Adrian Weckler: Don't leave social media trail for employers
What does your teenage CEO applicant want to be? An engineer? A nurse? A marketer? Whatever it is, they won't want to be embarrassed by their social media 'long tails'. At least that's the message some senior employers are sending out to the job seekers of tomorrow.
"Thank God Facebook and Twitter and Instagram were not around when I was growing up," said Aisling Hassell, vice president of online accommodation company Airbnb yesterday. "That's the place that your future employers are going to look about what kind of person you are."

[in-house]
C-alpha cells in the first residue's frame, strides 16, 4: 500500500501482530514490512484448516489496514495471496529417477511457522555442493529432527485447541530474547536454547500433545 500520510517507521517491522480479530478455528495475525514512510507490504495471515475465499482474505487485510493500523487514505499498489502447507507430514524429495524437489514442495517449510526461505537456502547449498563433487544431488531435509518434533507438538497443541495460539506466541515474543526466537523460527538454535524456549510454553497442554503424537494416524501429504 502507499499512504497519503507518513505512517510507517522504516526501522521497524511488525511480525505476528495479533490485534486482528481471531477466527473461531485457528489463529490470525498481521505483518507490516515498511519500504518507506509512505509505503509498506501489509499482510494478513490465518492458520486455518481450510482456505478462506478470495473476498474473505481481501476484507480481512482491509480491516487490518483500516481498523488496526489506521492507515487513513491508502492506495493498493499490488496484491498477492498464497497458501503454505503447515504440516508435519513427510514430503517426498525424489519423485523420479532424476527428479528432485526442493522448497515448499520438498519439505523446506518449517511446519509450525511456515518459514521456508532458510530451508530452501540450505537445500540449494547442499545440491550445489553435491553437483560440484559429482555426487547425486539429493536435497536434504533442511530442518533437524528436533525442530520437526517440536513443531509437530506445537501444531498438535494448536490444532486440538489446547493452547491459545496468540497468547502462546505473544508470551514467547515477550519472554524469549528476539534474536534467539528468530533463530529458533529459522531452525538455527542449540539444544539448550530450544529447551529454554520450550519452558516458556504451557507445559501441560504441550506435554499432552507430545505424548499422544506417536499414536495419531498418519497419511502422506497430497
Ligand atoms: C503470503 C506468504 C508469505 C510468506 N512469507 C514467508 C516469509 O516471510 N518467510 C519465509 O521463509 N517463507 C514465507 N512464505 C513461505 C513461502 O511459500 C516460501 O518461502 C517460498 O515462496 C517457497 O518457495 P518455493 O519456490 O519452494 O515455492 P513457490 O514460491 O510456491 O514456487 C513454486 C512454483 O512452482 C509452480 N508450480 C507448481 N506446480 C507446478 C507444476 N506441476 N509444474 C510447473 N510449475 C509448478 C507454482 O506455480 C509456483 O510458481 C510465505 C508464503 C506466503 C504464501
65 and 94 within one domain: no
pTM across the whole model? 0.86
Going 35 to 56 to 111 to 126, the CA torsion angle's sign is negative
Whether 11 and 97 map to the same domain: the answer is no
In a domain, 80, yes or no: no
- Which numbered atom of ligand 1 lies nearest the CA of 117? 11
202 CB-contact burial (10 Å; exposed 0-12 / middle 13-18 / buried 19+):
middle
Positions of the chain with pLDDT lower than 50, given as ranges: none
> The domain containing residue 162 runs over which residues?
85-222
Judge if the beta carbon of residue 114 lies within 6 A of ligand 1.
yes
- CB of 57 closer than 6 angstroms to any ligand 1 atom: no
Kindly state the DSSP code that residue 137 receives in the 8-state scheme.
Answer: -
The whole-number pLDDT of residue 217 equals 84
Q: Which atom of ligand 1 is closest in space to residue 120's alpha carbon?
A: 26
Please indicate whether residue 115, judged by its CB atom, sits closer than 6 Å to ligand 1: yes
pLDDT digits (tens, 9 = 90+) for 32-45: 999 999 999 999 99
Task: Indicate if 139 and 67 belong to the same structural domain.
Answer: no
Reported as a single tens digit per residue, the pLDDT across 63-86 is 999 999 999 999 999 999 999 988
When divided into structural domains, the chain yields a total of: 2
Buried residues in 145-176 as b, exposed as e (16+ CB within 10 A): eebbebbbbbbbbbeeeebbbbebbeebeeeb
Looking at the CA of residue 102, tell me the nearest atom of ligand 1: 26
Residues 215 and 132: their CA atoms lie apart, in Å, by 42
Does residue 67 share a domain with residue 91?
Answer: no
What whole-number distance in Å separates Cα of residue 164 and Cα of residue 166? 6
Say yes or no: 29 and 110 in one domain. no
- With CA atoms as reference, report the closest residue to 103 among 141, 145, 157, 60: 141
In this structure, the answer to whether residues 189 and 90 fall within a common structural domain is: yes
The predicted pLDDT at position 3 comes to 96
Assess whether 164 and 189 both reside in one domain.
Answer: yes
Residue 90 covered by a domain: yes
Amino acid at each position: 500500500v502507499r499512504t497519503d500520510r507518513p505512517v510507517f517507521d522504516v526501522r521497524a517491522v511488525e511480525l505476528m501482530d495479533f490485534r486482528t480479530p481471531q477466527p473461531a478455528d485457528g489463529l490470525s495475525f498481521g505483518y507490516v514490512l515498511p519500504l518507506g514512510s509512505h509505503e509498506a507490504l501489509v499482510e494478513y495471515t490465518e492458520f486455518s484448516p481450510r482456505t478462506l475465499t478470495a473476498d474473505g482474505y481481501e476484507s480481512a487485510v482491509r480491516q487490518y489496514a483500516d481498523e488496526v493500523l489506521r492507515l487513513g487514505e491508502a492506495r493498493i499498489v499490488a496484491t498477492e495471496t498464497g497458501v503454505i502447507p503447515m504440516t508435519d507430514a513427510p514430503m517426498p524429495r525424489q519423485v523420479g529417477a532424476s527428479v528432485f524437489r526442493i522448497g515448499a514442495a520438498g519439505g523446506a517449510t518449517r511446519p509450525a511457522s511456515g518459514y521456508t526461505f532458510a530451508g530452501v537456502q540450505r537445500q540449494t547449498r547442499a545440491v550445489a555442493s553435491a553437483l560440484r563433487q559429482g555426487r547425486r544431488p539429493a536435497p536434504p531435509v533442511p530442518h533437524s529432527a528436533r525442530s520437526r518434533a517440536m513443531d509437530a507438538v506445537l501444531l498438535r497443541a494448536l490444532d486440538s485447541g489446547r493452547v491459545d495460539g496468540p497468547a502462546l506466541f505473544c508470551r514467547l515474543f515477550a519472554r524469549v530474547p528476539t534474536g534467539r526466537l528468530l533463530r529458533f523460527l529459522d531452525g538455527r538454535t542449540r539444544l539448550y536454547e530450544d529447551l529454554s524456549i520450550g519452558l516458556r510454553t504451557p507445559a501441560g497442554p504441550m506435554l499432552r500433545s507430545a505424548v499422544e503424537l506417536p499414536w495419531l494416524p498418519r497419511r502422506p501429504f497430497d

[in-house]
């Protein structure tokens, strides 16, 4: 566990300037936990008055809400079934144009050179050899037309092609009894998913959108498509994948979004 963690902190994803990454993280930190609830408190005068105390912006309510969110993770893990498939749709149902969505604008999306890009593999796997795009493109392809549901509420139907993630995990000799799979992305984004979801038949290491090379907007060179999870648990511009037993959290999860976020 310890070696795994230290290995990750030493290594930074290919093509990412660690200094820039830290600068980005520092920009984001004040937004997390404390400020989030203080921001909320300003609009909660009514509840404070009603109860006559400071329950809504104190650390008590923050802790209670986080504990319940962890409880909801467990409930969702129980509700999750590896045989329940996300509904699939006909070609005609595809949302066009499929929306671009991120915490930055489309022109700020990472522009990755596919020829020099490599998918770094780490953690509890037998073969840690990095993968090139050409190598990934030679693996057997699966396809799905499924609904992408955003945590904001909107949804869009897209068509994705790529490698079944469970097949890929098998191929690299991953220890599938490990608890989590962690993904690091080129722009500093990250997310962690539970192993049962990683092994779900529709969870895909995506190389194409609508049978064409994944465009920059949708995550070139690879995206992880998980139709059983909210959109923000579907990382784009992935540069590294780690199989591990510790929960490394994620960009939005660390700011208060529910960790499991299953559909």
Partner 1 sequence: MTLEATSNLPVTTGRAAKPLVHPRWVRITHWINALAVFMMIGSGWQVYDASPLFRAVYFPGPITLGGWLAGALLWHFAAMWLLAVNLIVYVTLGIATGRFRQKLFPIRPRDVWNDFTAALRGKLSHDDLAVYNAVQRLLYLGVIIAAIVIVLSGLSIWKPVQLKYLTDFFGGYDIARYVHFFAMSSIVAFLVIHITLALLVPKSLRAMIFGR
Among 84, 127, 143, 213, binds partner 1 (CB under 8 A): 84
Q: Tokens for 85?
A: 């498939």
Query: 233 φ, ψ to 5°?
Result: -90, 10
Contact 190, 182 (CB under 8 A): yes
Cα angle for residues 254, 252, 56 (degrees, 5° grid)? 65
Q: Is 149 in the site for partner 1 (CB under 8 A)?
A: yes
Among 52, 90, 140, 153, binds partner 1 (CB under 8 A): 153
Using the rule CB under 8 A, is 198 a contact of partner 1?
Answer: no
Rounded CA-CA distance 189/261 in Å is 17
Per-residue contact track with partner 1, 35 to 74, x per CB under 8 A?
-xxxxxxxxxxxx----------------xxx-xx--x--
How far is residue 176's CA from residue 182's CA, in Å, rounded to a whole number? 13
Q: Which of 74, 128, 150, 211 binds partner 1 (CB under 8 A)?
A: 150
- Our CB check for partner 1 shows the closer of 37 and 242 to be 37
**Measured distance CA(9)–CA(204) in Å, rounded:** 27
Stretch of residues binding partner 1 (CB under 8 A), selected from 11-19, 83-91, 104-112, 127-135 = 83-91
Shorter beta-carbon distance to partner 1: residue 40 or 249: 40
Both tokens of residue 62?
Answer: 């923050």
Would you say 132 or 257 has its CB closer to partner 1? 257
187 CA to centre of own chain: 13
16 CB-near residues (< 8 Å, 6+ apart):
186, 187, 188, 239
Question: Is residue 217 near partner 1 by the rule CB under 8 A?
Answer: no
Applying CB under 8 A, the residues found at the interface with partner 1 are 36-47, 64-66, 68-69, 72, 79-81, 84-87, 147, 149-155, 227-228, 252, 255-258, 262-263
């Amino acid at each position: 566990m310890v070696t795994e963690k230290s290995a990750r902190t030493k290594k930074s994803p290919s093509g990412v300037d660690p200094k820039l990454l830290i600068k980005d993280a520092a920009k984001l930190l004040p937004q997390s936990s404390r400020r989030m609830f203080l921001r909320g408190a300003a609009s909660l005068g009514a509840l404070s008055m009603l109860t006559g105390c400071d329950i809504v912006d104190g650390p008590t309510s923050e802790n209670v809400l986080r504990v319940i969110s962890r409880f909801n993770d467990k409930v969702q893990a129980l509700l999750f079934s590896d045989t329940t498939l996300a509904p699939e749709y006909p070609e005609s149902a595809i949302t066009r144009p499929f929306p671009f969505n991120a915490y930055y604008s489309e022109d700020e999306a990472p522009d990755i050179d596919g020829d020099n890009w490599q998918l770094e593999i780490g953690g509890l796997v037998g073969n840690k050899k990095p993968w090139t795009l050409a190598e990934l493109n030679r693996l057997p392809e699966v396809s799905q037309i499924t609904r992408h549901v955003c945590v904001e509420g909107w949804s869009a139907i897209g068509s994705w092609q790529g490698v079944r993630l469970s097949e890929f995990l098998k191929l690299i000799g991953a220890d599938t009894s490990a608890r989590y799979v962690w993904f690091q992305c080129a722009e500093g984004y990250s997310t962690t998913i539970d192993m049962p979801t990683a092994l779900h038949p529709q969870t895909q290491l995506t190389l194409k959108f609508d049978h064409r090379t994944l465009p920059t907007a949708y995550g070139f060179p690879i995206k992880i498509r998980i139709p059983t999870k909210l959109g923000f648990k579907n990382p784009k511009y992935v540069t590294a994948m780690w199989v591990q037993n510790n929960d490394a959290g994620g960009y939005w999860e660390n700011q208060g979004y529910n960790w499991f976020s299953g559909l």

She's not kidding. Most recruiters say that searches on social media are now standard when considering a candidate. And many admit red flags are regularly raised.
More serious transgressions are punished in a more serious way. Two weeks ago, a UK Court jailed two young brothers for mocking a judge on Facebook. Daniel and Samuel Sledden had received suspended sentences for dealing in drugs, but sneered at the judge online after being released. The judge saw the remarks and removed the suspension.
If there is any consolation to parents, it is that today's teenagers tend to know all of this better than their elders.
For instance, there is a reason that the auto-deleting social messaging service Snapchat is overwhelmingly used by younger people, even while we oldies pour out our most valuable personal information on Facebook and Twitter. A generation born into social media, teens have an instinctive sense of how to use it.